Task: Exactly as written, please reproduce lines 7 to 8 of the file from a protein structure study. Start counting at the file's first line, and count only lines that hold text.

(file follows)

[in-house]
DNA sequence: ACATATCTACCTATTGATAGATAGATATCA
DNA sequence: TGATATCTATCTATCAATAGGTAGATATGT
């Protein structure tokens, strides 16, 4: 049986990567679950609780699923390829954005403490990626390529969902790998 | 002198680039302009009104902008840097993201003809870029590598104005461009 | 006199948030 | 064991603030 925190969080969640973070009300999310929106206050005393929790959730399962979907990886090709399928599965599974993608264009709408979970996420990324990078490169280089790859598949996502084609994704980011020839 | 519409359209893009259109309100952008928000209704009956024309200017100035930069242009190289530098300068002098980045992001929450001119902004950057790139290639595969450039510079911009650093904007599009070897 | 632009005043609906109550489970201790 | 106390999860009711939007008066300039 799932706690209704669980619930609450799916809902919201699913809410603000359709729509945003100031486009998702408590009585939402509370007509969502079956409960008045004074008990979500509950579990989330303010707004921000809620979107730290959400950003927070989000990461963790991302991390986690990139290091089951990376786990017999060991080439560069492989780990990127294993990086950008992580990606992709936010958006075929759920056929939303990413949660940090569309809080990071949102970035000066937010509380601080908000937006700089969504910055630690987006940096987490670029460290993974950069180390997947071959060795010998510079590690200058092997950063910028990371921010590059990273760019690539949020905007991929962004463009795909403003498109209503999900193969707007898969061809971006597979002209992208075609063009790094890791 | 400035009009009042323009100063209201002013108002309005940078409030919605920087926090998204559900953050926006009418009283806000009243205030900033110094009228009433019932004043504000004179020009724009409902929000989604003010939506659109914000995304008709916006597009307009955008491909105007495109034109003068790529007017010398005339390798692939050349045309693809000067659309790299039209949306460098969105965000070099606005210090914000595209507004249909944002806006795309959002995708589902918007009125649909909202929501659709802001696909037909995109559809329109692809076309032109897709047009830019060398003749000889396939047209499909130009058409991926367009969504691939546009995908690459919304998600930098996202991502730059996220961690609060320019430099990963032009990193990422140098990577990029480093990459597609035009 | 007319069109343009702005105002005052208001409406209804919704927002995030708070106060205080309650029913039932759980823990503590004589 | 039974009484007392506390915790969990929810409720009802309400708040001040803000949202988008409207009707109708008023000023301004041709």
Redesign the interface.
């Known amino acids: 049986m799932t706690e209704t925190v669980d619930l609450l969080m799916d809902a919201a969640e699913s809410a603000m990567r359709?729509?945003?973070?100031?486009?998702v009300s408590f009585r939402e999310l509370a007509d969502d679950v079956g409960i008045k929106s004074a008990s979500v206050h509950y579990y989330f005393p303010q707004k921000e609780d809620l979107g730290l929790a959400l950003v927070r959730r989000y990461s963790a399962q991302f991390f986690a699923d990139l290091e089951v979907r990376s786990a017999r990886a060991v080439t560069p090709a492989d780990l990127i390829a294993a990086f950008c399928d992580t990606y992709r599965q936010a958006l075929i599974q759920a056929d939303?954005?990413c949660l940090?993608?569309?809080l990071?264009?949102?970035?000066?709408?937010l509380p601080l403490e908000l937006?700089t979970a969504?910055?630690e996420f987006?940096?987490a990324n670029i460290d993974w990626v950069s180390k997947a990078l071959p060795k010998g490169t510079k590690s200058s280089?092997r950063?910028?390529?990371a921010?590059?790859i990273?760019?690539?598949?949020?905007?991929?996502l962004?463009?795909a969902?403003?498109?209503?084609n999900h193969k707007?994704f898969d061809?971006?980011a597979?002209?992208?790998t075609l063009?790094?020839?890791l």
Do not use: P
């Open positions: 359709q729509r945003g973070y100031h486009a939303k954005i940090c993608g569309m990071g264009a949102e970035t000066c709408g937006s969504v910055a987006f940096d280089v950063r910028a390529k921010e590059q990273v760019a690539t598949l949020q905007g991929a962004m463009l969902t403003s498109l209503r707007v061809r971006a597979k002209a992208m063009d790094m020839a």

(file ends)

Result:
Do not use: P
């Open positions: 359709q729509r945003g973070y100031h486009a939303k954005i940090c993608g569309m990071g264009a949102e970035t000066c709408g937006s969504v910055a987006f940096d280089v950063r910028a390529k921010e590059q990273v760019a690539t598949l949020q905007g991929a962004m463009l969902t403003s498109l209503r707007v061809r971006a597979k002209a992208m063009d790094m020839a």